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A little bit of magic is evident in the recording Primavera by the Portuguese-born-now-New Yorkers Sara Serpa and Andre Matos. Not magic as in sleight of hand or illusion, but magical as in enchanting and, indeed, spellbinding. The musical pair, also wife and husband, created this duo recording with the help of some of their own overdubs (again, not a trick) and a few guests.
Serpa, whose seemingly uncomplicated vocal style, mates both wordless sounds with sung lyrics that are presented both in English and Portuguese. These fourteen compositions are all original to Serpa and Matos, except for Ran Blake and Jeanne Lee's "Vanguard" and Guillermo Klein's "Se Me Va La Voz." Serpa recorded two previous discs with her mentor, Blake. The pianist favors Serpa's stripped-down approach on Camera Obscura (Inner Circle, 2010) and a live date Aurora (Clean Feed, 2012). She maintains that understated style here. With Matos' accompaniment and a bit of Fender Rhodes piano, she sings the words of e.e.cummings' poem "Earth." The piece is part prayer, part utopian dreamland. Where other singers rush in, Serpa lingers. The echoey, wordless open track flutters like a a flock birds over Matos' incessant guitar. The pair welcome Greg Osby to perform on "Choro." Serpa had recorded with the saxophonist on his disc 9 Levels (Inner Circle, 2008), and here he returns the favor. Osby's soprano saxophone mimics the singer's wordless vocalese; both instruments are loquacious birds singing up in the forest's canopy. Serpa and Matos create rhythmically locomotive music, "Kubana," and ineffably beautiful Portuguese pieces, "Tempo" and "O Guardador De Rebanhos." But it is the wordless tracks, like 'Rios" and "Nuvem," that are the real gems here.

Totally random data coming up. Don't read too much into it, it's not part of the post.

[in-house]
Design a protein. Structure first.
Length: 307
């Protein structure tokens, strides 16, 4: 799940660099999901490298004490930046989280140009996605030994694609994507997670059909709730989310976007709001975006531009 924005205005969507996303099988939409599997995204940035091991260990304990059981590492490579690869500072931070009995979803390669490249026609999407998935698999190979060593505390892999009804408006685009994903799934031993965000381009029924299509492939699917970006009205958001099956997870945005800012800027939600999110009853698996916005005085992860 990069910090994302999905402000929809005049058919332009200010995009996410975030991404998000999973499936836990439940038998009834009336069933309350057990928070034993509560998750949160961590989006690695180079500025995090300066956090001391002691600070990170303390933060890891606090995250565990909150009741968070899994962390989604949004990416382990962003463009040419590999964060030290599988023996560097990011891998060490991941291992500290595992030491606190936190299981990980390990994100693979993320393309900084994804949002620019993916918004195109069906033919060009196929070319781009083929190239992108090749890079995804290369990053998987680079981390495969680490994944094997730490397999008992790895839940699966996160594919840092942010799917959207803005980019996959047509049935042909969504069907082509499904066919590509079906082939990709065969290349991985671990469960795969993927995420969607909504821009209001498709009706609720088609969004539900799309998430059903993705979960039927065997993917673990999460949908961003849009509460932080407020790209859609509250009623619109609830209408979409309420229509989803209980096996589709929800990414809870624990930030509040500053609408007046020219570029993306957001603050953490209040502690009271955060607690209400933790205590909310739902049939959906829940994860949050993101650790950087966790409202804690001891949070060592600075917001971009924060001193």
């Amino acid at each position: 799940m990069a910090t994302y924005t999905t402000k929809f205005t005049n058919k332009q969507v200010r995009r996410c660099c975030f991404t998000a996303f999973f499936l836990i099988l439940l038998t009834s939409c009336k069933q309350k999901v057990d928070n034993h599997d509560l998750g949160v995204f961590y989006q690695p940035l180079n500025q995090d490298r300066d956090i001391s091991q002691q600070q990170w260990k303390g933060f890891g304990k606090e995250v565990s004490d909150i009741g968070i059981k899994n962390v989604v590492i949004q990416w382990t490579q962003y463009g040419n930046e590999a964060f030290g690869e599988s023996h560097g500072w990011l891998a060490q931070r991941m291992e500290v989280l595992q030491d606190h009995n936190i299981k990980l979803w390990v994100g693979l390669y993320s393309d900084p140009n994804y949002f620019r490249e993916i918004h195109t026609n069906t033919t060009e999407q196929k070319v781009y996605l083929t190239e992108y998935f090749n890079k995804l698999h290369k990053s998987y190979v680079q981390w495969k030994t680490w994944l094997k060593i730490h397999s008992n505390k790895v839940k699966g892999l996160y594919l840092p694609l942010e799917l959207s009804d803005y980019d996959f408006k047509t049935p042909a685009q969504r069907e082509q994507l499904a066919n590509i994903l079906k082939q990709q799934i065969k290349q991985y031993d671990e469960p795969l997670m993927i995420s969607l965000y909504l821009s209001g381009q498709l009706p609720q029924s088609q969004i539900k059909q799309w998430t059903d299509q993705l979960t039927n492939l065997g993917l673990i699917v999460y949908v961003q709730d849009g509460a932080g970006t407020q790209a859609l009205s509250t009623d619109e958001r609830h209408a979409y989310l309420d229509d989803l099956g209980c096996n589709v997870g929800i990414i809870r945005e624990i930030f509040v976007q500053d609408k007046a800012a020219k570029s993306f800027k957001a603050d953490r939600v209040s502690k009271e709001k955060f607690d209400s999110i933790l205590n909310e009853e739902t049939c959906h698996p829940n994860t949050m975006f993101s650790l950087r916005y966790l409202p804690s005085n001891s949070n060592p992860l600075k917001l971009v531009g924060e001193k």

Track Listing: Primavera; Tempo; Rios; Choro; Kubana; Song For A Sister; Caminho; O
Rebanhos; A Realidade Das Coisas; nuvem; Vanguard; Gardening; Se Me Va
La Voz; Earth.
Personnel: Sara Serpa: voice, fender rhodes, piano; André Matos: guitar, electric
bass, cymbal; Greg
Osby; soprano saxophone (4); Leo Genovese; melodica, kosikas, bombo
leguero, piano, toy
guitar; Pete Rende: Prophet keyboard (7).
Years ago now--in Rhodesia--listening to Voice of America with Willis Conover I heard Bunk Johnson play When The Saints Go Marching In, and Billie Holiday sing Don't Explain. I knew then there was no other life for me than jazz.